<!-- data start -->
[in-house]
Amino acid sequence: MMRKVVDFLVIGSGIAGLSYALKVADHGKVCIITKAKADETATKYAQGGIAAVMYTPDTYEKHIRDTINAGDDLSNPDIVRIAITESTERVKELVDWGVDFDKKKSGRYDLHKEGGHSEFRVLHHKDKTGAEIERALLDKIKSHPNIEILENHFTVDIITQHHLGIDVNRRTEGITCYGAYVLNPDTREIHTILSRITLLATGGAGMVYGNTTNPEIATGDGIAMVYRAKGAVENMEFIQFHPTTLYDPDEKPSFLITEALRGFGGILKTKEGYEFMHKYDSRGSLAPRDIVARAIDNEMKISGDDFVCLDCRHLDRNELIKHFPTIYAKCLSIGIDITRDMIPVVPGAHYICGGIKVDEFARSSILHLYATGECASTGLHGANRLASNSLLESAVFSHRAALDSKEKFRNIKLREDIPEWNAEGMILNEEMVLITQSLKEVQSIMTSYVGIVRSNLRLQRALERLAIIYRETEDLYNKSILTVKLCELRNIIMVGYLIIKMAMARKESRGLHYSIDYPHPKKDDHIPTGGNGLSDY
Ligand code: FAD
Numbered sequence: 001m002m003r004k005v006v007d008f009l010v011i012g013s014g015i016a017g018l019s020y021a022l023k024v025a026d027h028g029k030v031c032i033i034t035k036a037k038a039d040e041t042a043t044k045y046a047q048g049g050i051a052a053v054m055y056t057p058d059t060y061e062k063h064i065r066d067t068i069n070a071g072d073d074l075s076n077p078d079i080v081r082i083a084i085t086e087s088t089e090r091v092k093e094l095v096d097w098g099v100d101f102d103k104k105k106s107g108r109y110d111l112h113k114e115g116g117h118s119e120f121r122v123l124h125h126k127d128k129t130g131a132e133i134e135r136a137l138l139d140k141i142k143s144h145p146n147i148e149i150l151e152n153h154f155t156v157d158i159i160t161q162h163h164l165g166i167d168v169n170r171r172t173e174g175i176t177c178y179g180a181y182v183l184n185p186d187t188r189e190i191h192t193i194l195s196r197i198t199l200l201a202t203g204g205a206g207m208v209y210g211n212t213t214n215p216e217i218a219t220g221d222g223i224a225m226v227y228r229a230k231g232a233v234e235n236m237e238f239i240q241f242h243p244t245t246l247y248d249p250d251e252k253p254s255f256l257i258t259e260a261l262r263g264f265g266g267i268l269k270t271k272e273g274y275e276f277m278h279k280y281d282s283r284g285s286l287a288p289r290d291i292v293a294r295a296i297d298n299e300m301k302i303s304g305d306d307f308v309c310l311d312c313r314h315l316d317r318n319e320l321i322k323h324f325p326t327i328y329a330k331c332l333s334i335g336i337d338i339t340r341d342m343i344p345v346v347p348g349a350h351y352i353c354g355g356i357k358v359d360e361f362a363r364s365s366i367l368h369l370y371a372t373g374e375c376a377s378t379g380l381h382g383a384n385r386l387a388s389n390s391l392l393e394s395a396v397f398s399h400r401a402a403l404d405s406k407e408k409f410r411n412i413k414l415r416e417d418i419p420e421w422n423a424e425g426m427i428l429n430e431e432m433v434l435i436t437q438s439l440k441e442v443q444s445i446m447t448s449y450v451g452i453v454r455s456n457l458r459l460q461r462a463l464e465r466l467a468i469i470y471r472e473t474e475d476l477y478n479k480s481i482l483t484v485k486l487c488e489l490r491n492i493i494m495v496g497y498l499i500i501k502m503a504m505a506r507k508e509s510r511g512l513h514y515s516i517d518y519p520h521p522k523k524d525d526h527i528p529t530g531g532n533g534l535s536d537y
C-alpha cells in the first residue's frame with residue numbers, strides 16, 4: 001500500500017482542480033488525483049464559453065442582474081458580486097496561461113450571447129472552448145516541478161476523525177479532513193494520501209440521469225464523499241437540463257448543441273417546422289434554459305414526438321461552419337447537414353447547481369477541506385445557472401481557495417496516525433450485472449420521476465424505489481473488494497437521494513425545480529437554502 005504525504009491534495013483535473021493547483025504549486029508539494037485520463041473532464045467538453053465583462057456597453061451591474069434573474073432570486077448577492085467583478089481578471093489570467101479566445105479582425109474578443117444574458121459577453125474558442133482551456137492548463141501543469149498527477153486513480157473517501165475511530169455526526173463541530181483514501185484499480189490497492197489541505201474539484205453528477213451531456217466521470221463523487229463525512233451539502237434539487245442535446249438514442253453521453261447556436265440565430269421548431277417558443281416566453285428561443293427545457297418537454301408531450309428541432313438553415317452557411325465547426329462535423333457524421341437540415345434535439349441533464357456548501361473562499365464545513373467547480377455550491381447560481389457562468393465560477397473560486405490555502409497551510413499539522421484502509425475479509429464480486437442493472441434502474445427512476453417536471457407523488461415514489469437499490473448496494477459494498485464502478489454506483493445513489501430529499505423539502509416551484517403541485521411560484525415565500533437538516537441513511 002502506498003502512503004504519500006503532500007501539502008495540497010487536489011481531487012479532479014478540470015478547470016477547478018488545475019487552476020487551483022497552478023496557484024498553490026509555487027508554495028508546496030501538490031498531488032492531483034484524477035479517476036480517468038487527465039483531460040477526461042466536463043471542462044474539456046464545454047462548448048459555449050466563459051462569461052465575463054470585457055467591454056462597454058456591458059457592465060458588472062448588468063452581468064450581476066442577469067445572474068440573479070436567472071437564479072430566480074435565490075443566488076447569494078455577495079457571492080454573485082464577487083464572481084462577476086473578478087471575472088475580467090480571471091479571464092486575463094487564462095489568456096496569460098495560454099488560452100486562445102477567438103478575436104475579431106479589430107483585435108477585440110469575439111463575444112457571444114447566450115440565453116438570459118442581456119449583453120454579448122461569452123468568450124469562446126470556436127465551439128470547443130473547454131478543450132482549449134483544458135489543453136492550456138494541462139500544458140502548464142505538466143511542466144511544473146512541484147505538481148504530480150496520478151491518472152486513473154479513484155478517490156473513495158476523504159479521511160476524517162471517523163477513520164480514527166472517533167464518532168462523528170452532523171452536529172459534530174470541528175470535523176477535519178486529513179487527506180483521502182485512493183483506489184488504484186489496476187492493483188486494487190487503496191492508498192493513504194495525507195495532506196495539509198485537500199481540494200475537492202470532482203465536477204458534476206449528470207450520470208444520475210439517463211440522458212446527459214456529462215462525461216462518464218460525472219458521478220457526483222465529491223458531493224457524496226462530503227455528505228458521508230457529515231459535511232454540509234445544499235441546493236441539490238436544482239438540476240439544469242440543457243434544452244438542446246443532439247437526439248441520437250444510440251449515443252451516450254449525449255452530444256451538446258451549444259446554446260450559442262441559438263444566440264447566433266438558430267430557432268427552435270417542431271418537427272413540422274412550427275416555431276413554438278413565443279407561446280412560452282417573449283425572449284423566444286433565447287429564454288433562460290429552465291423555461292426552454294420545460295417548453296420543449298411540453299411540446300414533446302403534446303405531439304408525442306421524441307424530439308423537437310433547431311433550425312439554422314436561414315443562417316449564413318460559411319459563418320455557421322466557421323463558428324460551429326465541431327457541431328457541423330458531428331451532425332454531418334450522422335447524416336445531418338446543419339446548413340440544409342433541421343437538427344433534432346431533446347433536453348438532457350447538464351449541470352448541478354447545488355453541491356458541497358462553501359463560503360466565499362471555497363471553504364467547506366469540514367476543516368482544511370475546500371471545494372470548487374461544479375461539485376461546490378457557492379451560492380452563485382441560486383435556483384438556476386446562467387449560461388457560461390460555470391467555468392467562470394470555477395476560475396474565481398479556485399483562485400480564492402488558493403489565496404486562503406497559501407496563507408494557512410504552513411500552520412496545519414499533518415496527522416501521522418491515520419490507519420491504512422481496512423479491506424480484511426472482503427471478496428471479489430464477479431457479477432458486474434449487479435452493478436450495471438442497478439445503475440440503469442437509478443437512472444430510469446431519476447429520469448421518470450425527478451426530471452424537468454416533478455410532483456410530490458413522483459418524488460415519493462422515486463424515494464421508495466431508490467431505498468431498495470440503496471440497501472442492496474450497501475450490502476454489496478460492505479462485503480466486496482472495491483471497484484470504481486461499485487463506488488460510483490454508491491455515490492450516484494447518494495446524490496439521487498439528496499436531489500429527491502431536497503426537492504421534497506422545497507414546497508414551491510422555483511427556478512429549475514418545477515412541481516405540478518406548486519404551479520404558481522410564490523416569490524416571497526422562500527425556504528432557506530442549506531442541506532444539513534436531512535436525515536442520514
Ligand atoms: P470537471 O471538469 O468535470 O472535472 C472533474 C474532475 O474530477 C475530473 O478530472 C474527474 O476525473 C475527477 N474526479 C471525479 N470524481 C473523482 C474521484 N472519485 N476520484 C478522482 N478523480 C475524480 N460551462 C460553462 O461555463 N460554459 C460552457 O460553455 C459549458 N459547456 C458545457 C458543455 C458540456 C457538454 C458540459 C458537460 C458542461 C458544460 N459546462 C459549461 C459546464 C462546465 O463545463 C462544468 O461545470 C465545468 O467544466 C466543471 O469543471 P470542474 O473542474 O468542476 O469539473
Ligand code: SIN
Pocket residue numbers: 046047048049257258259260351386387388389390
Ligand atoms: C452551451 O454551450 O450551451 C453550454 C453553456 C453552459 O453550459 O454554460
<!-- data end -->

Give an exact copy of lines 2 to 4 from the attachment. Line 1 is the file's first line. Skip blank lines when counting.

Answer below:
Amino acid sequence: MMRKVVDFLVIGSGIAGLSYALKVADHGKVCIITKAKADETATKYAQGGIAAVMYTPDTYEKHIRDTINAGDDLSNPDIVRIAITESTERVKELVDWGVDFDKKKSGRYDLHKEGGHSEFRVLHHKDKTGAEIERALLDKIKSHPNIEILENHFTVDIITQHHLGIDVNRRTEGITCYGAYVLNPDTREIHTILSRITLLATGGAGMVYGNTTNPEIATGDGIAMVYRAKGAVENMEFIQFHPTTLYDPDEKPSFLITEALRGFGGILKTKEGYEFMHKYDSRGSLAPRDIVARAIDNEMKISGDDFVCLDCRHLDRNELIKHFPTIYAKCLSIGIDITRDMIPVVPGAHYICGGIKVDEFARSSILHLYATGECASTGLHGANRLASNSLLESAVFSHRAALDSKEKFRNIKLREDIPEWNAEGMILNEEMVLITQSLKEVQSIMTSYVGIVRSNLRLQRALERLAIIYRETEDLYNKSILTVKLCELRNIIMVGYLIIKMAMARKESRGLHYSIDYPHPKKDDHIPTGGNGLSDY
Ligand code: FAD
Numbered sequence: 001m002m003r004k005v006v007d008f009l010v011i012g013s014g015i016a017g018l019s020y021a022l023k024v025a026d027h028g029k030v031c032i033i034t035k036a037k038a039d040e041t042a043t044k045y046a047q048g049g050i051a052a053v054m055y056t057p058d059t060y061e062k063h064i065r066d067t068i069n070a071g072d073d074l075s076n077p078d079i080v081r082i083a084i085t086e087s088t089e090r091v092k093e094l095v096d097w098g099v100d101f102d103k104k105k106s107g108r109y110d111l112h113k114e115g116g117h118s119e120f121r122v123l124h125h126k127d128k129t130g131a132e133i134e135r136a137l138l139d140k141i142k143s144h145p146n147i148e149i150l151e152n153h154f155t156v157d158i159i160t161q162h163h164l165g166i167d168v169n170r171r172t173e174g175i176t177c178y179g180a181y182v183l184n185p186d187t188r189e190i191h192t193i194l195s196r197i198t199l200l201a202t203g204g205a206g207m208v209y210g211n212t213t214n215p216e217i218a219t220g221d222g223i224a225m226v227y228r229a230k231g232a233v234e235n236m237e238f239i240q241f242h243p244t245t246l247y248d249p250d251e252k253p254s255f256l257i258t259e260a261l262r263g264f265g266g267i268l269k270t271k272e273g274y275e276f277m278h279k280y281d282s283r284g285s286l287a288p289r290d291i292v293a294r295a296i297d298n299e300m301k302i303s304g305d306d307f308v309c310l311d312c313r314h315l316d317r318n319e320l321i322k323h324f325p326t327i328y329a330k331c332l333s334i335g336i337d338i339t340r341d342m343i344p345v346v347p348g349a350h351y352i353c354g355g356i357k358v359d360e361f362a363r364s365s366i367l368h369l370y371a372t373g374e375c376a377s378t379g380l381h382g383a384n385r386l387a388s389n390s391l392l393e394s395a396v397f398s399h400r401a402a403l404d405s406k407e408k409f410r411n412i413k414l415r416e417d418i419p420e421w422n423a424e425g426m427i428l429n430e431e432m433v434l435i436t437q438s439l440k441e442v443q444s445i446m447t448s449y450v451g452i453v454r455s456n457l458r459l460q461r462a463l464e465r466l467a468i469i470y471r472e473t474e475d476l477y478n479k480s481i482l483t484v485k486l487c488e489l490r491n492i493i494m495v496g497y498l499i500i501k502m503a504m505a506r507k508e509s510r511g512l513h514y515s516i517d518y519p520h521p522k523k524d525d526h527i528p529t530g531g532n533g534l535s536d537y